According to the above described embodiment, the manual switch SW and the relay switch SWR are operated independently from each other, so that it is necessary to maintain the manual switch SW OFF when the lamp L is to be controlled by the remote switch, and to maintain the relay switch SWR OFF when the lamp L is to be controlled by the manual switch SW.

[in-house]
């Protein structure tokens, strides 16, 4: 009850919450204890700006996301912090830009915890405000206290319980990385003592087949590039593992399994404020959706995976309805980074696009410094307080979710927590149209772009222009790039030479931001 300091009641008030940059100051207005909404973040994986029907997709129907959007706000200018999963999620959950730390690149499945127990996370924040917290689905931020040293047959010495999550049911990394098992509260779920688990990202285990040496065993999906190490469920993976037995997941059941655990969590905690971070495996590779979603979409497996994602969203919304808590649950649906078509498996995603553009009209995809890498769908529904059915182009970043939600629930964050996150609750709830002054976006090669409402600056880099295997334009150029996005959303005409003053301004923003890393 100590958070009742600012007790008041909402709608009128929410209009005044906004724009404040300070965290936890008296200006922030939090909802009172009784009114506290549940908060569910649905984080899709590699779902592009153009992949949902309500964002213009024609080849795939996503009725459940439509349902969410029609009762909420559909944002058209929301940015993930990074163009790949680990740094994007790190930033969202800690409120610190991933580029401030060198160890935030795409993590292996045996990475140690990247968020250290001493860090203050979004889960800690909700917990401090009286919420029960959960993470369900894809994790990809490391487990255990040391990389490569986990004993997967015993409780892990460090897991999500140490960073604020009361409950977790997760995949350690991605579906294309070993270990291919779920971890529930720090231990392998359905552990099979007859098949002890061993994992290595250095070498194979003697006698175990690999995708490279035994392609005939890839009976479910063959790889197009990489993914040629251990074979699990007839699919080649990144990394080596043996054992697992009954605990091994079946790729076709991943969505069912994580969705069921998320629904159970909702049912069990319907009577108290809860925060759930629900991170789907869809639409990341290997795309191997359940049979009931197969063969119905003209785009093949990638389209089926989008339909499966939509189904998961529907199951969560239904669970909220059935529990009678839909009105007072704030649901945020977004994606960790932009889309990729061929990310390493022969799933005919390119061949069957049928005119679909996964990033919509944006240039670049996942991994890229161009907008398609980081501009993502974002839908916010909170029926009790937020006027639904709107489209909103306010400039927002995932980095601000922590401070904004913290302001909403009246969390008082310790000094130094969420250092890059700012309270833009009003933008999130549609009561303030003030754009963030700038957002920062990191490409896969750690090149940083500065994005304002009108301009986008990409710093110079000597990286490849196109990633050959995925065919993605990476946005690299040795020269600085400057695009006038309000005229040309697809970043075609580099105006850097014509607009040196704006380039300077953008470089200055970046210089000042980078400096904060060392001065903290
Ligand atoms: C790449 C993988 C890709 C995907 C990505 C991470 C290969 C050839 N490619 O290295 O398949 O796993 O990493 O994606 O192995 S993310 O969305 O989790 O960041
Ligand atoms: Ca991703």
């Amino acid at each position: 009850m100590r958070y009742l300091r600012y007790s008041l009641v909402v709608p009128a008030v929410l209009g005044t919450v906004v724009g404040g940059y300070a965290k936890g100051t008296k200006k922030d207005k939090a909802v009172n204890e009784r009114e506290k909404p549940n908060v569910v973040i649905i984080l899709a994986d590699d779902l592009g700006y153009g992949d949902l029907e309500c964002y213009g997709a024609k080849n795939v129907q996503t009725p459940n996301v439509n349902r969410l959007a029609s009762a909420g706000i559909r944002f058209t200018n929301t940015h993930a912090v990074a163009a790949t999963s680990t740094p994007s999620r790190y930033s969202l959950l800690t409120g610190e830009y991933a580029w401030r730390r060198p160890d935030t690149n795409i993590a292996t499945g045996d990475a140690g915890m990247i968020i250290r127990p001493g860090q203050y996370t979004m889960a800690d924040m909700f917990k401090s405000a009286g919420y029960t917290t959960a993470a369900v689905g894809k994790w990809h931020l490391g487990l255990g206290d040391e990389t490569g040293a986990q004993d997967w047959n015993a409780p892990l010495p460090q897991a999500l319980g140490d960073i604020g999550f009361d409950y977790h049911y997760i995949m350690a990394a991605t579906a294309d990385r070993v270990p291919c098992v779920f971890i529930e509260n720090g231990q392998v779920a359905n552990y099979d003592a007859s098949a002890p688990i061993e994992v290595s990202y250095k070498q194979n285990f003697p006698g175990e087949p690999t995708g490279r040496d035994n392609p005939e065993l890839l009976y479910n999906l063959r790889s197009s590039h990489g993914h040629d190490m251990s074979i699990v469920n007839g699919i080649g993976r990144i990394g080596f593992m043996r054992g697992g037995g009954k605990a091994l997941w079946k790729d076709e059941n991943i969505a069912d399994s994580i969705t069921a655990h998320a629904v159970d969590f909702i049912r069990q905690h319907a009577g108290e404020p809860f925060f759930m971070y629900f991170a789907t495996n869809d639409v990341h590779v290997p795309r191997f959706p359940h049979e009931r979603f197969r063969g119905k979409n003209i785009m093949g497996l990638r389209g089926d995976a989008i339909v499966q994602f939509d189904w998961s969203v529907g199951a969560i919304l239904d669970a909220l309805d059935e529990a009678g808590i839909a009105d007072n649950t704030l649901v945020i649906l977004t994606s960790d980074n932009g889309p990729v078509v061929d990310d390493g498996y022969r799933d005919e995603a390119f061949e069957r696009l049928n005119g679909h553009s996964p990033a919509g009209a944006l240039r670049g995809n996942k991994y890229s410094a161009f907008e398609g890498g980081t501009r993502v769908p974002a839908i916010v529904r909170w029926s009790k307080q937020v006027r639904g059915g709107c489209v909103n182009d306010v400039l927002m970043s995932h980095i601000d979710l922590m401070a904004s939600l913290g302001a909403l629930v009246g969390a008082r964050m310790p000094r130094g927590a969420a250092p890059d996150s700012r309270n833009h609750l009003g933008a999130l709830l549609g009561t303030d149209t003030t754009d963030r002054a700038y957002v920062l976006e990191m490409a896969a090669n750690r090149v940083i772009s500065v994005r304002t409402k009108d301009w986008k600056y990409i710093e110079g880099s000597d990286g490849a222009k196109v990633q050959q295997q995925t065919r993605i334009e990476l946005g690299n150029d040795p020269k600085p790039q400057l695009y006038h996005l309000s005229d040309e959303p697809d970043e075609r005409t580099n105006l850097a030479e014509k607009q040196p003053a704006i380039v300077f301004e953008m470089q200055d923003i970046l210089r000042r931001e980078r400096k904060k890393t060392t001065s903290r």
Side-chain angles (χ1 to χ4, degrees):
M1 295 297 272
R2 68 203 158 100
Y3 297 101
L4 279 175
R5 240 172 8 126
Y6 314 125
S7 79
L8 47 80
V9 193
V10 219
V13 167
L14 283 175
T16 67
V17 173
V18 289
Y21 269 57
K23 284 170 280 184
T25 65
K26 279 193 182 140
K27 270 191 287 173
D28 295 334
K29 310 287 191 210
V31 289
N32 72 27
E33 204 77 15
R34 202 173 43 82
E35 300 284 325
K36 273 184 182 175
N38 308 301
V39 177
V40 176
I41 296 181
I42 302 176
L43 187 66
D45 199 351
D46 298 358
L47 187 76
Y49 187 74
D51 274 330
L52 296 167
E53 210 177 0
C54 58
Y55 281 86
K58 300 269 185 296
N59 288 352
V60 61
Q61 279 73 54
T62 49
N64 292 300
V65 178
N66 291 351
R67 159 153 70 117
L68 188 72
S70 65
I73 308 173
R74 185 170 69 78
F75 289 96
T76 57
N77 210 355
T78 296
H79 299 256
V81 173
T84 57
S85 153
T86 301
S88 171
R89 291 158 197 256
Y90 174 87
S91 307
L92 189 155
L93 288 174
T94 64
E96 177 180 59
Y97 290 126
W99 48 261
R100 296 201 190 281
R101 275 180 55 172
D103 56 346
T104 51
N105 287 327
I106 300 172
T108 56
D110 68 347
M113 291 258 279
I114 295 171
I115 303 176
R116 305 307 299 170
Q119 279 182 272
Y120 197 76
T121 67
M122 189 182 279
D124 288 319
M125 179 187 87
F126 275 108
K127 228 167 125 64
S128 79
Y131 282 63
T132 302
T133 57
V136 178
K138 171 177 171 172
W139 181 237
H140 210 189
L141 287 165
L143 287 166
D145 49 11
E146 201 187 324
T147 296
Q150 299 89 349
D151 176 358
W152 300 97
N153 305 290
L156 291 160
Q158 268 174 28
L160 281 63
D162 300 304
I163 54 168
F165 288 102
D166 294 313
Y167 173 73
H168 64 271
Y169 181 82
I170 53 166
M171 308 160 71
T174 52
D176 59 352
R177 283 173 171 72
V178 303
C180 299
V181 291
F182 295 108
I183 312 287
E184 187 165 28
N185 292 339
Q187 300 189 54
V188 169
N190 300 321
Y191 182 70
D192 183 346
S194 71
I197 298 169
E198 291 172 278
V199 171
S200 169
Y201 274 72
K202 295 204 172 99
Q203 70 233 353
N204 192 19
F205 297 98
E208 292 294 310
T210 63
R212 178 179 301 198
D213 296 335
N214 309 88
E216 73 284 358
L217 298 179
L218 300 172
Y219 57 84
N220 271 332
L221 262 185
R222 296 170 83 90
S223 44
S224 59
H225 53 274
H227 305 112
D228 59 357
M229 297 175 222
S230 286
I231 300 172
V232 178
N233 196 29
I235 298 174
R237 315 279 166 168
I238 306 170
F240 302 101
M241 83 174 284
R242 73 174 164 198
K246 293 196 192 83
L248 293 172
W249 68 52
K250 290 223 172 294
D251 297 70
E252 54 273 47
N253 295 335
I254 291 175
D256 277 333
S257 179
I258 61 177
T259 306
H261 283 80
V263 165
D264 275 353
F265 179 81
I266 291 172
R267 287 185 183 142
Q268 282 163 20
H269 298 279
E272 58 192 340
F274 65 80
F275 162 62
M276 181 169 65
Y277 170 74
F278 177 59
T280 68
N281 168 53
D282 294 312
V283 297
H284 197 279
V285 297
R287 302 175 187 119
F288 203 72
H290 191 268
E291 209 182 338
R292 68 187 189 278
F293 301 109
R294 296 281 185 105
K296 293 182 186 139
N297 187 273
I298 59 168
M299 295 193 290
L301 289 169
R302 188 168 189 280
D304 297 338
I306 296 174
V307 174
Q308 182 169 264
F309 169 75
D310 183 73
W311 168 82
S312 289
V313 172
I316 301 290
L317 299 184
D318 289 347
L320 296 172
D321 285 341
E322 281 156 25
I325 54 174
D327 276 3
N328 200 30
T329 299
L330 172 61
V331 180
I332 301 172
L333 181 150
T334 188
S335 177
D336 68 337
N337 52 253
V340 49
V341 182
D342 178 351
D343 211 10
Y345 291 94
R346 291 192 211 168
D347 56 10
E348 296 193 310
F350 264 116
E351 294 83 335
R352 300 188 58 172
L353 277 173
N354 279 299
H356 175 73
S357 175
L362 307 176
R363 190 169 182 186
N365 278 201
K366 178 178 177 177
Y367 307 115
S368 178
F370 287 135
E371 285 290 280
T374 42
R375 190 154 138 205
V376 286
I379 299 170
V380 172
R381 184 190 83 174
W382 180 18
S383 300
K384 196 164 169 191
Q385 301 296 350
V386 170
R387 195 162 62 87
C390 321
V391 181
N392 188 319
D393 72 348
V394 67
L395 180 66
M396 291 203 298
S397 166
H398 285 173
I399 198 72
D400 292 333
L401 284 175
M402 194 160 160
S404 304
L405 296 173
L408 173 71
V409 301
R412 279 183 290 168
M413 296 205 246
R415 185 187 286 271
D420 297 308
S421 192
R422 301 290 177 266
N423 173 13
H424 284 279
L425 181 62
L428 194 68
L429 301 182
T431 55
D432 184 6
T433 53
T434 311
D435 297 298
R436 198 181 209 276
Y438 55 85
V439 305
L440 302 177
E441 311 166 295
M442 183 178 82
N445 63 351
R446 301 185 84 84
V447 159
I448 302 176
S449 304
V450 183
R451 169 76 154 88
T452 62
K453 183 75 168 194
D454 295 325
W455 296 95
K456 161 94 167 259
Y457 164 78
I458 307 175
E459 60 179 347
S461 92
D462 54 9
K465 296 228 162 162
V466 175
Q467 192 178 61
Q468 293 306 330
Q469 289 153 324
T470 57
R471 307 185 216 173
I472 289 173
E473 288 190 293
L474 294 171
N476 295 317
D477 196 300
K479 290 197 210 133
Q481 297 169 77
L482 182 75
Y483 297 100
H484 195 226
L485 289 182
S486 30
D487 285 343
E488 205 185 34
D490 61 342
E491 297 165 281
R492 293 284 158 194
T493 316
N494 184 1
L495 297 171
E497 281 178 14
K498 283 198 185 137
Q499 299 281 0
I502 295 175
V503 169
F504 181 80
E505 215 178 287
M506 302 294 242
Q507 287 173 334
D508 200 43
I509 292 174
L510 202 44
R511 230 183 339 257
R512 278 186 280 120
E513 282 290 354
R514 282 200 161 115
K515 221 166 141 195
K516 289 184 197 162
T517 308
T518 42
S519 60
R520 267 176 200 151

Referring to FIG. 4, there is shown a circuit according to another embodiment of the invention. In this embodiment, the manual switch SW' and the relay switch SWR are in association with each other. More specifically, the manual switch SW' includes three terminals a1, a2 and a3. Terminal a1 is connected to terminal 8, terminal a2 is connected to terminal 9, and terminal a3 is connected to the common terminal X-C of the relay switch SWR. A connecting arm SA extends from terminal a3 for connecting terminal a3 alternately with terminals a1 and a2. Terminals X-a1 and X-a2 of the relay switch SWR are connected to terminals 8 and 9, respectively. Accordingly, the lamp L is turned on only when either terminal X-a1 of the relay switch and terminal a2 of the manual switch SW' are electrically connected or terminal X-a2 of the relay switch and terminal a1 of the manual switch SW' are electrically connected. For example, when the connecting arm XA connects terminals X-C and X-a2 and connecting arm SA connects terminals a3 and a1, as shown in FIG. 4, the lamp L is turned on. In order to turn the lamp L off, either one of the switches SW' and SWR is actuated to change its condition.